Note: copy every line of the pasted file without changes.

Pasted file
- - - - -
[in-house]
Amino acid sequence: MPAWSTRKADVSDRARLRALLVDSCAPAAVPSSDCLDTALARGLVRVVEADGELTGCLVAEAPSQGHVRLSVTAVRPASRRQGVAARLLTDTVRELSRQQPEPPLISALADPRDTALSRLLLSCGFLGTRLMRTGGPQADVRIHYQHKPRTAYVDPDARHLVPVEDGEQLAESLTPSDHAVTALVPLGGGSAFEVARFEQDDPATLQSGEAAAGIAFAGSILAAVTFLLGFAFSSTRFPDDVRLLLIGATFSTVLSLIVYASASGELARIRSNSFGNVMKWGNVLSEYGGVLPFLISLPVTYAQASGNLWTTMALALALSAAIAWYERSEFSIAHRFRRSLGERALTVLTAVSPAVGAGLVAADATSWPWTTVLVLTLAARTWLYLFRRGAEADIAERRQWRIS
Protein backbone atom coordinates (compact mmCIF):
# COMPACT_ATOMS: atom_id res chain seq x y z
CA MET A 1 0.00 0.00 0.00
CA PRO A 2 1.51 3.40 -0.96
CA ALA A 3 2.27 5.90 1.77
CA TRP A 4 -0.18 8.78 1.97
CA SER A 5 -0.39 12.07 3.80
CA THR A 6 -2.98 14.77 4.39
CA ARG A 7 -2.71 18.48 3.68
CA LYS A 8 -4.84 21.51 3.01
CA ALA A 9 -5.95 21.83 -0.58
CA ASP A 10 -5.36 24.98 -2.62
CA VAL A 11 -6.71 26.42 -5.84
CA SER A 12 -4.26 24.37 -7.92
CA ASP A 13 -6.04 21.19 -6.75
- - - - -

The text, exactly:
[in-house]
Amino acid sequence: MPAWSTRKADVSDRARLRALLVDSCAPAAVPSSDCLDTALARGLVRVVEADGELTGCLVAEAPSQGHVRLSVTAVRPASRRQGVAARLLTDTVRELSRQQPEPPLISALADPRDTALSRLLLSCGFLGTRLMRTGGPQADVRIHYQHKPRTAYVDPDARHLVPVEDGEQLAESLTPSDHAVTALVPLGGGSAFEVARFEQDDPATLQSGEAAAGIAFAGSILAAVTFLLGFAFSSTRFPDDVRLLLIGATFSTVLSLIVYASASGELARIRSNSFGNVMKWGNVLSEYGGVLPFLISLPVTYAQASGNLWTTMALALALSAAIAWYERSEFSIAHRFRRSLGERALTVLTAVSPAVGAGLVAADATSWPWTTVLVLTLAARTWLYLFRRGAEADIAERRQWRIS
Protein backbone atom coordinates (compact mmCIF):
# COMPACT_ATOMS: atom_id res chain seq x y z
CA MET A 1 0.00 0.00 0.00
CA PRO A 2 1.51 3.40 -0.96
CA ALA A 3 2.27 5.90 1.77
CA TRP A 4 -0.18 8.78 1.97
CA SER A 5 -0.39 12.07 3.80
CA THR A 6 -2.98 14.77 4.39
CA ARG A 7 -2.71 18.48 3.68
CA LYS A 8 -4.84 21.51 3.01
CA ALA A 9 -5.95 21.83 -0.58
CA ASP A 10 -5.36 24.98 -2.62
CA VAL A 11 -6.71 26.42 -5.84
CA SER A 12 -4.26 24.37 -7.92
CA ASP A 13 -6.04 21.19 -6.75